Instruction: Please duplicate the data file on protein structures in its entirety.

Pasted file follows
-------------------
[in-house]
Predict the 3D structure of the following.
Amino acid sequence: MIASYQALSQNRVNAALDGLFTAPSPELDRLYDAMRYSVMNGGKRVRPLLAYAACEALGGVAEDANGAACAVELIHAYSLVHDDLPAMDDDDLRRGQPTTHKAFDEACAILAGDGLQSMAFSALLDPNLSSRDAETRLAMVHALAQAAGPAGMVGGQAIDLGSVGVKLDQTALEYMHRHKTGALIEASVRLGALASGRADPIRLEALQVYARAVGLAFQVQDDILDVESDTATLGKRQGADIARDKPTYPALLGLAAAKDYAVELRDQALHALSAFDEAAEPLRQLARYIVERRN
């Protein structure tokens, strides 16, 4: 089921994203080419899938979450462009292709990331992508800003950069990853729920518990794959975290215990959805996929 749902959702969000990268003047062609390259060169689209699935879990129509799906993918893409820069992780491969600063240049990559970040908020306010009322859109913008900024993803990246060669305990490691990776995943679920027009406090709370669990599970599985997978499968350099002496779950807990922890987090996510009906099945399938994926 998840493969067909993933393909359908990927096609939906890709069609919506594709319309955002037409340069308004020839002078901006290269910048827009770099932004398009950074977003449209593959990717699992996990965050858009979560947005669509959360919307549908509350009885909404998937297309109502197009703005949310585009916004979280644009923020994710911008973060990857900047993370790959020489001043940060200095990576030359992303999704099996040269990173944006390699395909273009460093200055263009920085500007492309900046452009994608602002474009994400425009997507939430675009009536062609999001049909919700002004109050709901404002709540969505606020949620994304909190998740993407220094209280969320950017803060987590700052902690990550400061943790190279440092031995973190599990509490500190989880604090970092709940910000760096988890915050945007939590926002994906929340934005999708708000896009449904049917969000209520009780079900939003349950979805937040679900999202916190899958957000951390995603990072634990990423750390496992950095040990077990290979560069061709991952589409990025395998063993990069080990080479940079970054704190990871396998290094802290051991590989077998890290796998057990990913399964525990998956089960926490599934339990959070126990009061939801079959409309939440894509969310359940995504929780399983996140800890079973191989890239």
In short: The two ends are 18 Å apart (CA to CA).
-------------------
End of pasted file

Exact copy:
[in-house]
Predict the 3D structure of the following.
Amino acid sequence: MIASYQALSQNRVNAALDGLFTAPSPELDRLYDAMRYSVMNGGKRVRPLLAYAACEALGGVAEDANGAACAVELIHAYSLVHDDLPAMDDDDLRRGQPTTHKAFDEACAILAGDGLQSMAFSALLDPNLSSRDAETRLAMVHALAQAAGPAGMVGGQAIDLGSVGVKLDQTALEYMHRHKTGALIEASVRLGALASGRADPIRLEALQVYARAVGLAFQVQDDILDVESDTATLGKRQGADIARDKPTYPALLGLAAAKDYAVELRDQALHALSAFDEAAEPLRQLARYIVERRN
């Protein structure tokens, strides 16, 4: 089921994203080419899938979450462009292709990331992508800003950069990853729920518990794959975290215990959805996929 749902959702969000990268003047062609390259060169689209699935879990129509799906993918893409820069992780491969600063240049990559970040908020306010009322859109913008900024993803990246060669305990490691990776995943679920027009406090709370669990599970599985997978499968350099002496779950807990922890987090996510009906099945399938994926 998840493969067909993933393909359908990927096609939906890709069609919506594709319309955002037409340069308004020839002078901006290269910048827009770099932004398009950074977003449209593959990717699992996990965050858009979560947005669509959360919307549908509350009885909404998937297309109502197009703005949310585009916004979280644009923020994710911008973060990857900047993370790959020489001043940060200095990576030359992303999704099996040269990173944006390699395909273009460093200055263009920085500007492309900046452009994608602002474009994400425009997507939430675009009536062609999001049909919700002004109050709901404002709540969505606020949620994304909190998740993407220094209280969320950017803060987590700052902690990550400061943790190279440092031995973190599990509490500190989880604090970092709940910000760096988890915050945007939590926002994906929340934005999708708000896009449904049917969000209520009780079900939003349950979805937040679900999202916190899958957000951390995603990072634990990423750390496992950095040990077990290979560069061709991952589409990025395998063993990069080990080479940079970054704190990871396998290094802290051991590989077998890290796998057990990913399964525990998956089960926490599934339990959070126990009061939801079959409309939440894509969310359940995504929780399983996140800890079973191989890239």
In short: The two ends are 18 Å apart (CA to CA).